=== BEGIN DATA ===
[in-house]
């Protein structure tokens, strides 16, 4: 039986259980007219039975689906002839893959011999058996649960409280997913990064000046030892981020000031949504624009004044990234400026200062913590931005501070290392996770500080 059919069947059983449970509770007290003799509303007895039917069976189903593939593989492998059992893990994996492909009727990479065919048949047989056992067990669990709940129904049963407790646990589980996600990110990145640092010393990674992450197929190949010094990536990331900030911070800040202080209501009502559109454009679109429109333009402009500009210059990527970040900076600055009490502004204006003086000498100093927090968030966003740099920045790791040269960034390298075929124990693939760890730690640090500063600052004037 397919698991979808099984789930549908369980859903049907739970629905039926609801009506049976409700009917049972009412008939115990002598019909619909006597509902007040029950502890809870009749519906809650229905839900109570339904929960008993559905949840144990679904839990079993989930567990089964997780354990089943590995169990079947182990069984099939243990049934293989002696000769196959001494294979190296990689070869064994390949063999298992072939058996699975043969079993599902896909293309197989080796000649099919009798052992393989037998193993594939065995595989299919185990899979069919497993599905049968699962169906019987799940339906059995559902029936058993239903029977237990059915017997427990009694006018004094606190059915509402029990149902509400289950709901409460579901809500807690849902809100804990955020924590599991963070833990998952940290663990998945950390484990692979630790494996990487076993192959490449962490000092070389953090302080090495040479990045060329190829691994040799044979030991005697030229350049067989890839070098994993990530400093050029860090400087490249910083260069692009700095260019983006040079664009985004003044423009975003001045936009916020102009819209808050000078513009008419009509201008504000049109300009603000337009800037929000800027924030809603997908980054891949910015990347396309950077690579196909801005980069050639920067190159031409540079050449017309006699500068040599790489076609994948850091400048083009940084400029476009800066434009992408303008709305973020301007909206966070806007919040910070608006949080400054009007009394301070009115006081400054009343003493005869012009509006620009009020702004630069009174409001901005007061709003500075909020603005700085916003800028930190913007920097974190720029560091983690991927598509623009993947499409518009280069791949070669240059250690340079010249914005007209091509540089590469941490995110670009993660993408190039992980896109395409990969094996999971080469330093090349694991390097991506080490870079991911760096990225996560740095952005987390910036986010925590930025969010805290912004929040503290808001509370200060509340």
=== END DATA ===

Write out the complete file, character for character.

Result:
[in-house]
């Protein structure tokens, strides 16, 4: 039986259980007219039975689906002839893959011999058996649960409280997913990064000046030892981020000031949504624009004044990234400026200062913590931005501070290392996770500080 059919069947059983449970509770007290003799509303007895039917069976189903593939593989492998059992893990994996492909009727990479065919048949047989056992067990669990709940129904049963407790646990589980996600990110990145640092010393990674992450197929190949010094990536990331900030911070800040202080209501009502559109454009679109429109333009402009500009210059990527970040900076600055009490502004204006003086000498100093927090968030966003740099920045790791040269960034390298075929124990693939760890730690640090500063600052004037 397919698991979808099984789930549908369980859903049907739970629905039926609801009506049976409700009917049972009412008939115990002598019909619909006597509902007040029950502890809870009749519906809650229905839900109570339904929960008993559905949840144990679904839990079993989930567990089964997780354990089943590995169990079947182990069984099939243990049934293989002696000769196959001494294979190296990689070869064994390949063999298992072939058996699975043969079993599902896909293309197989080796000649099919009798052992393989037998193993594939065995595989299919185990899979069919497993599905049968699962169906019987799940339906059995559902029936058993239903029977237990059915017997427990009694006018004094606190059915509402029990149902509400289950709901409460579901809500807690849902809100804990955020924590599991963070833990998952940290663990998945950390484990692979630790494996990487076993192959490449962490000092070389953090302080090495040479990045060329190829691994040799044979030991005697030229350049067989890839070098994993990530400093050029860090400087490249910083260069692009700095260019983006040079664009985004003044423009975003001045936009916020102009819209808050000078513009008419009509201008504000049109300009603000337009800037929000800027924030809603997908980054891949910015990347396309950077690579196909801005980069050639920067190159031409540079050449017309006699500068040599790489076609994948850091400048083009940084400029476009800066434009992408303008709305973020301007909206966070806007919040910070608006949080400054009007009394301070009115006081400054009343003493005869012009509006620009009020702004630069009174409001901005007061709003500075909020603005700085916003800028930190913007920097974190720029560091983690991927598509623009993947499409518009280069791949070669240059250690340079010249914005007209091509540089590469941490995110670009993660993408190039992980896109395409990969094996999971080469330093090349694991390097991506080490870079991911760096990225996560740095952005987390910036986010925590930025969010805290912004929040503290808001509370200060509340």